Maya Rockeymoore Cummings: Will Trump’s Attacks Unify Marylanders?
While the nation mourns the victims of three mass murders in the space of a week and ponders the extent to which Donald J. Trump’s offensive language may have influenced the gunmen, it’s important that Marylanders not miss the significance of Trump’s verbal attack on Baltimore City and its likely intended effect on the residents of our state.
Anyone watching recent events should know by now that Trump’s snobbish, racialized, and dehumanizing language is more than just mean-spirited. His depraved utterances give those who are susceptible permission to justify their preexisting biases —whether they realize they hold them or not — about the inferiority of the people or places he’s referencing.
We can no longer deny that Trump’s verbal cluster bombs have given license to susceptible people to act upon their biases in ways that bring harm to the targets of his ire.
It is important to understand that this harm does not just manifest in hate-filled violent acts like we saw this past week; it may also take the form of antagonistic interpersonal interactions, avoidance of certain people or places, and/or a decision to excise certain people or places from the body politic. As Donald Trump and his Republican Party understand, it can also lead to votes for their party and support for exclusionary policies or practices that diminish resources and opportunities for those whom they have managed to define as undeserving.
Ironically, Trump’s tactic isn’t new to Maryland. Using Baltimore City as the foil, Larry Hogan has used it – although in a less vitriolic fashion – to justify and gain support for punitive actions toward the city such as withholding essential resources, cancelling vital transit programs, or delaying important development projects.
Acknowledgment of these manipulative tactics doesn’t ignore the fact that Baltimore has very real problems. Yet, while it is true that the city has deep challenges when it comes to drug use, poverty, and crime, it would be a lie to pretend that these challenges don’t exist at varying levels elsewhere in our state or nation.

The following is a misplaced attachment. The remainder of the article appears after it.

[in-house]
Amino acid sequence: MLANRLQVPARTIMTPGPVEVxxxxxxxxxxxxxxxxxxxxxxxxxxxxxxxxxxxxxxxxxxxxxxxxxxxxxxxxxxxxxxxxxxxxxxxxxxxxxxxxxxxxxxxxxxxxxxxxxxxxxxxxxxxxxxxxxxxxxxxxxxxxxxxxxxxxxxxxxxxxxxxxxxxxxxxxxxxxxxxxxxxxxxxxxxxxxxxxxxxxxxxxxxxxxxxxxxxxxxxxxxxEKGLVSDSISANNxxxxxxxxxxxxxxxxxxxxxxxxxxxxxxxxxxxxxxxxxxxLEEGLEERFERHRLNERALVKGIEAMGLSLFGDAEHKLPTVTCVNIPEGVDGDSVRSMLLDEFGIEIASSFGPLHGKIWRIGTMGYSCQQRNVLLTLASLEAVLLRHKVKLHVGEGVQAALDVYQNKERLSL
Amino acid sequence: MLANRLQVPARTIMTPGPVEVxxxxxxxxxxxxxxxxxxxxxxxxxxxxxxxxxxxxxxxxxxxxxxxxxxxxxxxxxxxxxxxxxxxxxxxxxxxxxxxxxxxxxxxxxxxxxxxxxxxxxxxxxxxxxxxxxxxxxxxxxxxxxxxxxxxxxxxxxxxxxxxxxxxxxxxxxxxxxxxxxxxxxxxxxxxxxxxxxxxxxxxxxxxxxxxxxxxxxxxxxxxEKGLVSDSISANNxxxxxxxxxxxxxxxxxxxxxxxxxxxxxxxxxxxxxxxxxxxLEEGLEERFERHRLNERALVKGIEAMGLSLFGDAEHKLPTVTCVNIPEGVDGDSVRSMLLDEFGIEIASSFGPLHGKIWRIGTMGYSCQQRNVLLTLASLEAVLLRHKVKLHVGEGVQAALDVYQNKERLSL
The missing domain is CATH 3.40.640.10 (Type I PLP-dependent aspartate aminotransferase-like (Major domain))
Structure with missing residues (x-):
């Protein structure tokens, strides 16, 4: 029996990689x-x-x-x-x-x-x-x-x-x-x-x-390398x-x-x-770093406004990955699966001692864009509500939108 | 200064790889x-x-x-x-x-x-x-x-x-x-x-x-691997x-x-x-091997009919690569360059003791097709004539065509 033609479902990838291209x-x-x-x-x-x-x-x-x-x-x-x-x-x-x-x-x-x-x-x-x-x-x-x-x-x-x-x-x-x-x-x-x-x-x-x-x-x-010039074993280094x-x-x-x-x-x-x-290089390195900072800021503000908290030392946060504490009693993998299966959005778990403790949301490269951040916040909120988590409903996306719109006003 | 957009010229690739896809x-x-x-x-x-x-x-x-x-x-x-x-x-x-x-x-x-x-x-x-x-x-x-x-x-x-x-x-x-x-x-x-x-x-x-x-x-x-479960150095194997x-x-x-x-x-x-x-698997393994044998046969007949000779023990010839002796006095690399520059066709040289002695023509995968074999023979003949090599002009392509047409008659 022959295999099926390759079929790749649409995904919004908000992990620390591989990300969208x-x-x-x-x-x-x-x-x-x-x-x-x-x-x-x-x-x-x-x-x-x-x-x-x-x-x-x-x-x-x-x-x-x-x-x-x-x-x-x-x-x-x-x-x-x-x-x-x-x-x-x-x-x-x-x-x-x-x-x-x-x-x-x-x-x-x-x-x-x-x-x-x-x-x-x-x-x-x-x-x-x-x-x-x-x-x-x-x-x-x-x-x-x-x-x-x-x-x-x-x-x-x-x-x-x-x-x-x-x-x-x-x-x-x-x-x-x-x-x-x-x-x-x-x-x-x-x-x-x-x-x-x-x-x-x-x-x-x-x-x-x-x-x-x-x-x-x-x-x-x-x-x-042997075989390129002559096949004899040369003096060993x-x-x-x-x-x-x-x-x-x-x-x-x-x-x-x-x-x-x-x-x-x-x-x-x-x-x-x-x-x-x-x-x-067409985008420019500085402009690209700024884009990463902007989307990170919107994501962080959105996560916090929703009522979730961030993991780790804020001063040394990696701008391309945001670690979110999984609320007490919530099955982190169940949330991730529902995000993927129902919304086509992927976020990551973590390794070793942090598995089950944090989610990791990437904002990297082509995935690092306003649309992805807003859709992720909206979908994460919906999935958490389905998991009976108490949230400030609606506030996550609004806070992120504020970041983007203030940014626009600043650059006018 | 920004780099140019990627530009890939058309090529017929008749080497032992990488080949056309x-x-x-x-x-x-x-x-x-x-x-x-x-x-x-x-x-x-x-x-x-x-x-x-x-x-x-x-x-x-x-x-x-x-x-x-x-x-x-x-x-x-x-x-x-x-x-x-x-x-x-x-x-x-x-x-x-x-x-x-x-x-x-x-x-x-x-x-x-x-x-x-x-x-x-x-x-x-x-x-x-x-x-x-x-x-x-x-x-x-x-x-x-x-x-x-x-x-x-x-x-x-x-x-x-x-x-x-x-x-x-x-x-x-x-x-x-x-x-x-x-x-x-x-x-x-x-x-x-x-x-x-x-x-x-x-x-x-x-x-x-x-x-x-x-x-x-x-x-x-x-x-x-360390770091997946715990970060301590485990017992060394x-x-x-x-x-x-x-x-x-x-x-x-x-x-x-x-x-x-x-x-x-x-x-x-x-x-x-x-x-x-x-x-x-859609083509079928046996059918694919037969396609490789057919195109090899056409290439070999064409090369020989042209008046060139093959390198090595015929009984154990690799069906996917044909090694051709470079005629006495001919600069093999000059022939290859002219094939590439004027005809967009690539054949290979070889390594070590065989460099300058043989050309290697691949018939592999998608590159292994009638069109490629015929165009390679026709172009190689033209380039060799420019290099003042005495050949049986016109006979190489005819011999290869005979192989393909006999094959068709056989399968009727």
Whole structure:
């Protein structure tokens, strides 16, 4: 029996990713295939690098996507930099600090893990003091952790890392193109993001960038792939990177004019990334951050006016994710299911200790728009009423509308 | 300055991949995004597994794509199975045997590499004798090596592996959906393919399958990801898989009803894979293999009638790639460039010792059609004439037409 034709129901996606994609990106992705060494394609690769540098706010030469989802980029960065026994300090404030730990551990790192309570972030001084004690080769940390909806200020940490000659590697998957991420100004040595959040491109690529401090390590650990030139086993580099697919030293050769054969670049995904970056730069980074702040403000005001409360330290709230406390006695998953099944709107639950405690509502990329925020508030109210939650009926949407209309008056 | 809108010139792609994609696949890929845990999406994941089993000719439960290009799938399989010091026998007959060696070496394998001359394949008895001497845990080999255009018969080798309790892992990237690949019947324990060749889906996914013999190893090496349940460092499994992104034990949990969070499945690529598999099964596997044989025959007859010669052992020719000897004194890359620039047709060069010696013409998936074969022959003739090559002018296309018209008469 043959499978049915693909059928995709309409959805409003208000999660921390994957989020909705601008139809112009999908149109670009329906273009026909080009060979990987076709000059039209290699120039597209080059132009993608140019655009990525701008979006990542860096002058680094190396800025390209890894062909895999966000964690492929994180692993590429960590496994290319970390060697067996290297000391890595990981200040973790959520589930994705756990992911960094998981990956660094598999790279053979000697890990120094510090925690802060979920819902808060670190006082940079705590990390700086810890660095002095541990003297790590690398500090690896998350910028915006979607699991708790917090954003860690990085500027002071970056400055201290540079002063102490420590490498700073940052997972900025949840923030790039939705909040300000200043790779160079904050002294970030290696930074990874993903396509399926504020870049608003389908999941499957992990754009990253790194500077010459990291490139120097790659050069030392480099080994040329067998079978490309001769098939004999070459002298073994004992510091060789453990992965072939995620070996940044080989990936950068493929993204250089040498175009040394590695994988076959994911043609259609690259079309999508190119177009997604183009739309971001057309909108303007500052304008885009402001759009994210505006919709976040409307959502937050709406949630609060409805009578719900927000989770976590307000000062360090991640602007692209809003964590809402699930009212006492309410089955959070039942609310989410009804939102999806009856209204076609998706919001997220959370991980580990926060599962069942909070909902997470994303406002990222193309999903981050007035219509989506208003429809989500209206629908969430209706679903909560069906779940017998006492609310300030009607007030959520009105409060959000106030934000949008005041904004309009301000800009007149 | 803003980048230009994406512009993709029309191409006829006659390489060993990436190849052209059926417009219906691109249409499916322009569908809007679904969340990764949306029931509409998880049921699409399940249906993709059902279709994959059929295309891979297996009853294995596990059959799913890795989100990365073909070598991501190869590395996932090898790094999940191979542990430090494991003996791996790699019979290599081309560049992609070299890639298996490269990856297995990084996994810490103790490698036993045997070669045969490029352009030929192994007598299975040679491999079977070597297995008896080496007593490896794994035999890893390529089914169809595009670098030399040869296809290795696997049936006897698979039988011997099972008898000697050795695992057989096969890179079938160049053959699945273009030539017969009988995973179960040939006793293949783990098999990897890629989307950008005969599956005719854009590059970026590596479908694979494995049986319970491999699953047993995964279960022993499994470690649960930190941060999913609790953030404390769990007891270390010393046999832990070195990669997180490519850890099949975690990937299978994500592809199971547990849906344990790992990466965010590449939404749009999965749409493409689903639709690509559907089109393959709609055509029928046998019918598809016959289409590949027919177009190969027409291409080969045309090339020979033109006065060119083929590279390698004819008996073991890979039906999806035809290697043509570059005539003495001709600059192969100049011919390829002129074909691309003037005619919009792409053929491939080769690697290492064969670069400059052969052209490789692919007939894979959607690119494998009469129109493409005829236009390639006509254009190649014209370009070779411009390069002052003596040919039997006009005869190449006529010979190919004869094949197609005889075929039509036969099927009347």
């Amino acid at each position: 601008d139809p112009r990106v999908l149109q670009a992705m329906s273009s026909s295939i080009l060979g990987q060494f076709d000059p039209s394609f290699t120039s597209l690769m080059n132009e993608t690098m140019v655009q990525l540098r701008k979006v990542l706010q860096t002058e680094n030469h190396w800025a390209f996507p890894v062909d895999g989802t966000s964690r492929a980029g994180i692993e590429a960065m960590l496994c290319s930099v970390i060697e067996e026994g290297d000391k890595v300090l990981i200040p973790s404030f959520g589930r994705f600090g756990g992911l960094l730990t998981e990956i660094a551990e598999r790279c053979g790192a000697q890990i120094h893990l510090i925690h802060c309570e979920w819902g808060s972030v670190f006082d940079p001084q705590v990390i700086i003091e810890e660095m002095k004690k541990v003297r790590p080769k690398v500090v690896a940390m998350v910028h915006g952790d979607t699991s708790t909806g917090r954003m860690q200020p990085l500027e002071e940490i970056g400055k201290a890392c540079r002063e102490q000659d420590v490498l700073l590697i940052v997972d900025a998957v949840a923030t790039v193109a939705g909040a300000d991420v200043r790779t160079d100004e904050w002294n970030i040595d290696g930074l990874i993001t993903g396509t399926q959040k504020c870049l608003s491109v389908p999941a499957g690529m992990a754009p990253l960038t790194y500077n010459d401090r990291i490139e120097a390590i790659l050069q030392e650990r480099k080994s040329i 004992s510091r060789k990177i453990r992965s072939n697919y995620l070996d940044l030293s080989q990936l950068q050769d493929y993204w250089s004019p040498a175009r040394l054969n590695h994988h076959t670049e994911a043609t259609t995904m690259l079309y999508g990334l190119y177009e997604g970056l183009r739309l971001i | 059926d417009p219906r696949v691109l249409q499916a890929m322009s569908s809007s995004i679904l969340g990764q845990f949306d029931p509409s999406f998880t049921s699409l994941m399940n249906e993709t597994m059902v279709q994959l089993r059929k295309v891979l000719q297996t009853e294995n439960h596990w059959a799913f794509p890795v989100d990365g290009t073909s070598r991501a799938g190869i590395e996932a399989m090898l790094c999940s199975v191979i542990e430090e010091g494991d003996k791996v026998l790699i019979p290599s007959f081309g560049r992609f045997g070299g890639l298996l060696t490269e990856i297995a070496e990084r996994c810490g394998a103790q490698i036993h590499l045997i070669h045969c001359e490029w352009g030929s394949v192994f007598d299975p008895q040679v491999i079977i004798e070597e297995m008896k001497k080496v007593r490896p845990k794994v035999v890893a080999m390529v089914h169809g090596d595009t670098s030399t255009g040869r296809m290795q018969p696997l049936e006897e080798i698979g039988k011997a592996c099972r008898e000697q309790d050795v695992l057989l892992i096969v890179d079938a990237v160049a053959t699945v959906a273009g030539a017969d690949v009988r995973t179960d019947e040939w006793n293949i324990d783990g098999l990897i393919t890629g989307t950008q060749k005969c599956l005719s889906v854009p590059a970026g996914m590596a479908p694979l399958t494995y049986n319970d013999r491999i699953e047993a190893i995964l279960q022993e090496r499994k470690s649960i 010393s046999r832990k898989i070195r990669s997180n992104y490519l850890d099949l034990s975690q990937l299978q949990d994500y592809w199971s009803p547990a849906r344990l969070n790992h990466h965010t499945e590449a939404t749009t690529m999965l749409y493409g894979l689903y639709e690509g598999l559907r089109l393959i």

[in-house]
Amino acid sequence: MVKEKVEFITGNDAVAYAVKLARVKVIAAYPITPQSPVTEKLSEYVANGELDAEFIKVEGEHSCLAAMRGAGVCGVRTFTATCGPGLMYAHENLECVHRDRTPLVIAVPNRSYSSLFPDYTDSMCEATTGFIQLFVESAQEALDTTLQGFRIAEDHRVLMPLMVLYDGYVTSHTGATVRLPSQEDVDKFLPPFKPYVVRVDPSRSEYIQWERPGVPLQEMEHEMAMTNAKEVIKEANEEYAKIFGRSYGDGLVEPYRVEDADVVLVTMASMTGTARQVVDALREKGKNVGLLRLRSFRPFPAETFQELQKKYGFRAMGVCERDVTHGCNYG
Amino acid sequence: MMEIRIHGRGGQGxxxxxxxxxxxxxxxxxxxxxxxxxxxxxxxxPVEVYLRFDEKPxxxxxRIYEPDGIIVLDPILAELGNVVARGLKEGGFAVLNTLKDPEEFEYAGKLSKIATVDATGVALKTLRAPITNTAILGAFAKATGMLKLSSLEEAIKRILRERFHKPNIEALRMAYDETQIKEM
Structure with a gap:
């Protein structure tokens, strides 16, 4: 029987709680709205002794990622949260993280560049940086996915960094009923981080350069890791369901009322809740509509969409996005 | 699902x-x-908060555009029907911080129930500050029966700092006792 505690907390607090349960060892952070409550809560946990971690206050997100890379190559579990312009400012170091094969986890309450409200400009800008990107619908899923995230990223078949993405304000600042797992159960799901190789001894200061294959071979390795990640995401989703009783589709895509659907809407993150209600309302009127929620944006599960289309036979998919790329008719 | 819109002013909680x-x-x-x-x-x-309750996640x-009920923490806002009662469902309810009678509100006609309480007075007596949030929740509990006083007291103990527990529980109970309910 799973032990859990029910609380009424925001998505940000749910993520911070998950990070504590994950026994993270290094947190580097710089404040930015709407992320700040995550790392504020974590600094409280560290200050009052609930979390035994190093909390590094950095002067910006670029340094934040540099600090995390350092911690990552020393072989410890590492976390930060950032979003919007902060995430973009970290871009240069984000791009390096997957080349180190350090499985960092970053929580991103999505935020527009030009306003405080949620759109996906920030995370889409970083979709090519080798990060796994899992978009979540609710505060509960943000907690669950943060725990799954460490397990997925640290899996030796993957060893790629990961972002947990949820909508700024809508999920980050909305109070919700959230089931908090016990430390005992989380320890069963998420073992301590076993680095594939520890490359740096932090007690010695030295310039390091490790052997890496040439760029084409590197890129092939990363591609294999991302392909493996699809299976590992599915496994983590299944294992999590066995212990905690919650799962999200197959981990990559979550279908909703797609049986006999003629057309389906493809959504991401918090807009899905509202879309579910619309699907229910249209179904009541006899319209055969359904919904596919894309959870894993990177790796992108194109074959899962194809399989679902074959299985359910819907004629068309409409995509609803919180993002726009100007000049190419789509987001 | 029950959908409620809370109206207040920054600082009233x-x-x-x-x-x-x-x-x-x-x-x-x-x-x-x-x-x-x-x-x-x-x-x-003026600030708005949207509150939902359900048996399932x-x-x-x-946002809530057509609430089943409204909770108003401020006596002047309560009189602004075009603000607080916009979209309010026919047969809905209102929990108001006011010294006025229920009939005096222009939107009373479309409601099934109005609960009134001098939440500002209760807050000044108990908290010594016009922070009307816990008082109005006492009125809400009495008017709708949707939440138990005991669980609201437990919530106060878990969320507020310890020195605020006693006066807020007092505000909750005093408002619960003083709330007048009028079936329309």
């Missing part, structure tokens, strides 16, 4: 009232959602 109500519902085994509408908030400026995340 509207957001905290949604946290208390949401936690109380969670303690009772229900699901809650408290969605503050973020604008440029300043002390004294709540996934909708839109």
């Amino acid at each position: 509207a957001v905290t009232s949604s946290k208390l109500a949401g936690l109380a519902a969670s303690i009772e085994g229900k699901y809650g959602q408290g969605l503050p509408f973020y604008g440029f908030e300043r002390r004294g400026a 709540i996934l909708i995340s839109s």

With plenty of good news to point to, it would also be wrong to believe that Baltimore and its residents have nothing positive going for it. With world class universities, hospitals, and a median income for African Americans that is higher than all but three other major U.S. cities, Baltimore City has a lot of assets that can be better leveraged to drive positive and widespread transformation across the city.
But it’s not just about Baltimore City – it’s about all of Maryland. When the city does well, its residents and businesses will generate more tax revenue with benefits that will also accrue to the entire state.
Will Marylanders fall for Trump’s trap, what former President Obama called the “old okey doke,” or will we defy convention by recognizing that we are all in this together and focusing on what unites us instead of what divides us?
There should be no question that the only solution Trump is offering is snake oil. His toxic brand of racism, sexism, classism, and xenophobia is driving a disturbing increase in hate crimes in our state and is an existential threat to Maryland’s many and wondrously diverse residents. His erratic leadership style – exemplified by the longest government shutdown in the history of the United States – has proven to be a danger to Maryland’s economy and its many civil servants, government contractors and subcontractors. And, his overestimation of his negotiating skills has led to an ill-advised trade war resulting in China’s unprecedented divestment in U.S. farm products to the detriment of Maryland’s breadbasket counties that disproportionately rely on revenue generated by farm exports.
Finally, Trump’s anti-science posture and aggressive moves to roll back fuel efficiency standards for automobiles retards efforts to reverse the effects of climate change and threatens to undermine Maryland’s rich environmental ecosystem.
There should be no question that our nation’s redemption and the greatest opportunity for all our state’s residents is rooted in a collective effort to build a better, stronger Maryland. One that embraces the understanding that every county has needs and challenges and that recognizes Marylanders are best when we make a collective effort to help each other out; whether that help takes the form of alleviating crowded roads or addressing opioid addiction, homelessness, violence, outdated school buildings or any of the many taxpayer-funded priorities needed across the state.
Given the unique threat Trump poses to our state, coming together to vote him out of office would also be a major win-win for Maryland’s people, economy and environment.
— MAYA ROCKEYMOORE CUMMINGS
The writer is chairwoman of the Maryland Democratic Party, CEO of Global Policy Solutions LLC, and spouse to U.S. Rep. Elijah E. Cummings.